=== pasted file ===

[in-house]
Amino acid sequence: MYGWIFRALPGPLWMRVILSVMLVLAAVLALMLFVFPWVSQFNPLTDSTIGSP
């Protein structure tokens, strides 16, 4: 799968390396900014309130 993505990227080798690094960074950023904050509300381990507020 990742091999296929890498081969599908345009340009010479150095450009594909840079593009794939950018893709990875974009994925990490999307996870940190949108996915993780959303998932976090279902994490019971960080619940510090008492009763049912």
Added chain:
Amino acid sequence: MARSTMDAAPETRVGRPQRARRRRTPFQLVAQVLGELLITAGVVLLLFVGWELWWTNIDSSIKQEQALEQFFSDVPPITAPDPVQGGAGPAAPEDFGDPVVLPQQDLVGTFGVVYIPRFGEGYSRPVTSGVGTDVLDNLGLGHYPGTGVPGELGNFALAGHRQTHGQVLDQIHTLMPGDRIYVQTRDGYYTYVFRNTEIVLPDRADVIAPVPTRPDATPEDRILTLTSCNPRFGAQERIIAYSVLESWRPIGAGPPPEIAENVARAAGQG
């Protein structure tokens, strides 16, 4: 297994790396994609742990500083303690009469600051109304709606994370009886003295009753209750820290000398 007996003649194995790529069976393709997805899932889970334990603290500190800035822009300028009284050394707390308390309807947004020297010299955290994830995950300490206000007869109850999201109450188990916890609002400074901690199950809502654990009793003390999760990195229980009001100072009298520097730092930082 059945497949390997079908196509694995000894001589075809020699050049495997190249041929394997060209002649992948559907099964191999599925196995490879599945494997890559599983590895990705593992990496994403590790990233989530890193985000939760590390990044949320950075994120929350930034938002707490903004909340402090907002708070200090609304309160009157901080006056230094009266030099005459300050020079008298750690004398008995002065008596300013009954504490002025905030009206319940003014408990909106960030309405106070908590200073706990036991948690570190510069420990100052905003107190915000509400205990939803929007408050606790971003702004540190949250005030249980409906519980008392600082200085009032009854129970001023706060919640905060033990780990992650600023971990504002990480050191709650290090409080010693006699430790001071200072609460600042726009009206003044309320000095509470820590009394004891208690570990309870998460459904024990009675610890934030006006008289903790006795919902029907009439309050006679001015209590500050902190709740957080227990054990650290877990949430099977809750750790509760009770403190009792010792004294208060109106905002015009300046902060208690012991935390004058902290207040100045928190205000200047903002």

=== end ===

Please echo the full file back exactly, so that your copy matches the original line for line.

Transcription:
[in-house]
Amino acid sequence: MYGWIFRALPGPLWMRVILSVMLVLAAVLALMLFVFPWVSQFNPLTDSTIGSP
């Protein structure tokens, strides 16, 4: 799968390396900014309130 993505990227080798690094960074950023904050509300381990507020 990742091999296929890498081969599908345009340009010479150095450009594909840079593009794939950018893709990875974009994925990490999307996870940190949108996915993780959303998932976090279902994490019971960080619940510090008492009763049912």
Added chain:
Amino acid sequence: MARSTMDAAPETRVGRPQRARRRRTPFQLVAQVLGELLITAGVVLLLFVGWELWWTNIDSSIKQEQALEQFFSDVPPITAPDPVQGGAGPAAPEDFGDPVVLPQQDLVGTFGVVYIPRFGEGYSRPVTSGVGTDVLDNLGLGHYPGTGVPGELGNFALAGHRQTHGQVLDQIHTLMPGDRIYVQTRDGYYTYVFRNTEIVLPDRADVIAPVPTRPDATPEDRILTLTSCNPRFGAQERIIAYSVLESWRPIGAGPPPEIAENVARAAGQG
């Protein structure tokens, strides 16, 4: 297994790396994609742990500083303690009469600051109304709606994370009886003295009753209750820290000398 007996003649194995790529069976393709997805899932889970334990603290500190800035822009300028009284050394707390308390309807947004020297010299955290994830995950300490206000007869109850999201109450188990916890609002400074901690199950809502654990009793003390999760990195229980009001100072009298520097730092930082 059945497949390997079908196509694995000894001589075809020699050049495997190249041929394997060209002649992948559907099964191999599925196995490879599945494997890559599983590895990705593992990496994403590790990233989530890193985000939760590390990044949320950075994120929350930034938002707490903004909340402090907002708070200090609304309160009157901080006056230094009266030099005459300050020079008298750690004398008995002065008596300013009954504490002025905030009206319940003014408990909106960030309405106070908590200073706990036991948690570190510069420990100052905003107190915000509400205990939803929007408050606790971003702004540190949250005030249980409906519980008392600082200085009032009854129970001023706060919640905060033990780990992650600023971990504002990480050191709650290090409080010693006699430790001071200072609460600042726009009206003044309320000095509470820590009394004891208690570990309870998460459904024990009675610890934030006006008289903790006795919902029907009439309050006679001015209590500050902190709740957080227990054990650290877990949430099977809750750790509760009770403190009792010792004294208060109106905002015009300046902060208690012991935390004058902290207040100045928190205000200047903002």